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Defeated by victory

Q&A | Political analyst John Fund says Barack Obama and America have been hurt by the president's early 'successes'

Issue: "News of the Year," Jan. 2, 2010

John Fund, one of America's best political analysts, is a 52-year-old columnist for OpinionJournal.com, The Wall Street Journal's website. Here are excerpts from a November interview.

Q: You went to school in the San Francisco suburbs? I have never lived in a ZIP code where very many people agreed with me.

Q: Why did you go into journalism? I was working at the California state legislature as a budget analyst, and I was very frustrated with my ability to affect events.

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Q: Why spend life analyzing how many peanuts the elephant is eating when you can enjoy watching the elephants? And enjoy keeping the elephants and the donkeys honest.

Q: Turning to them: What were the key Obama victories this year? He got a stimulus package through. He thought it was a big victory; his economic advisors said in January, "If you pass this stimulus package, I guarantee you unemployment will not go over 8 percent."

Q: It's now over 10 percent. The stimulus package was a Pyrrhic victory, one that comes at so high a cost you probably didn't want it.

Q: Other victories? The rest of the world thinks the United States is less of a bully and is less assertive and aggressive. How's that working for us? North Korea's still building nuclear weapons, Iran is still building nuclear weapons, and Hugo Chavez is still undermining Latin American countries. Our enemies may think that we're not as mean as we used to be, but they're not changing their behavior as a result of that, and our allies don't seem to be showing any more respect for us in terms of actual policy than they did in the past.

Q: Were the New Jersey and Virginia elections a referendum on Obama? Barack Obama went into Virginia three times for the Democratic candidate. He raised lots of money for him. He went into New Jersey three times. On Sunday before the election, the president of the United States spent the entire day in New Jersey. That had never happened before, that a president spends an entire day with a statewide candidate in a close race.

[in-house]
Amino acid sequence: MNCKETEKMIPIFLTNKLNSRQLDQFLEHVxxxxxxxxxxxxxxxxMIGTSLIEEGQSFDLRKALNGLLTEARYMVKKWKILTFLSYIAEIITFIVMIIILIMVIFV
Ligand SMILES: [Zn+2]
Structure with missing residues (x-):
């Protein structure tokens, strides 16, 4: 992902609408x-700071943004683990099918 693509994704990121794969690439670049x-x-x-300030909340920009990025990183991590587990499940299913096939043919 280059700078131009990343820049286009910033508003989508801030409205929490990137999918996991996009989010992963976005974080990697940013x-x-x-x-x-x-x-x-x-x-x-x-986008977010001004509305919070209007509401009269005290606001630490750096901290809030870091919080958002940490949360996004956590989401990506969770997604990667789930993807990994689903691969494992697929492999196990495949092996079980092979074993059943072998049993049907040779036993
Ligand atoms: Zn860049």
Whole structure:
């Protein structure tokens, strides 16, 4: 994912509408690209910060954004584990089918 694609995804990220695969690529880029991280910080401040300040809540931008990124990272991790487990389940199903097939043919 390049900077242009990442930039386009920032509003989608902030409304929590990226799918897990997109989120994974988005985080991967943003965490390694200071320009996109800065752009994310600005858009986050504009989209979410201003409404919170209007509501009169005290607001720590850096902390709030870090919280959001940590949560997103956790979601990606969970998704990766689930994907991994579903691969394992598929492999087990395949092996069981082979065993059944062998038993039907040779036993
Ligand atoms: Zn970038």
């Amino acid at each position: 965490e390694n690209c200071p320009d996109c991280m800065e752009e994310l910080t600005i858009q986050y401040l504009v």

Q: The White House said the elections were so meaningless that the president wasn't even watching the returns on television. A technically accurate statement: Of course he wasn't watching the returns on television. He was watching them on the internet.

Q: You're not one who says, "In Obama we trust"? The president in the campaign last year said, "If you make less than $250,000, I will not raise your taxes one thin dime." He was being technically accurate; he will raise them millions of dimes.

Q: And besides, he can't raise taxes, only Congress can do that. There's a great essay by George Orwell called, "Politics and the English Language"-how politics subverts the English language and hollows it out.

Q: If Obama and his associates had first tried to push through healthcare instead of the stimulus, would they have succeeded? No, because it couldn't be the first effort out of the chute. They had to do something to address the economic crisis. And the stimulus package really wasn't stimulus, it was giant pork-barrel spending, the bribe you had to give Congress in order to get them to try to pass other things. So first the bribe, and then you try to collect on the bribe, and say, "I gave you all this stimulus money for your district, all these earmarks and pork-barrel projects; now you've got to help me out." Well, the House did pass cap and trade; the Senate is apparently going to kill it. We haven't gotten card check, which would be the end of secret union elections. I don't think we're going to see a healthcare bill this year. I don't see the successes.

Q: So you're saying that some congressmen who accepted the bribe may be so unethical that they won't actually vote the way they were bribed to vote? Members of Congress cannot be bought. They can only be rented.

Marvin Olasky
Marvin Olasky

Marvin is editor in chief of WORLD News Group and the author of more than 20 books, including The Tragedy of American Compassion. Follow Marvin on Twitter @MarvinOlasky.


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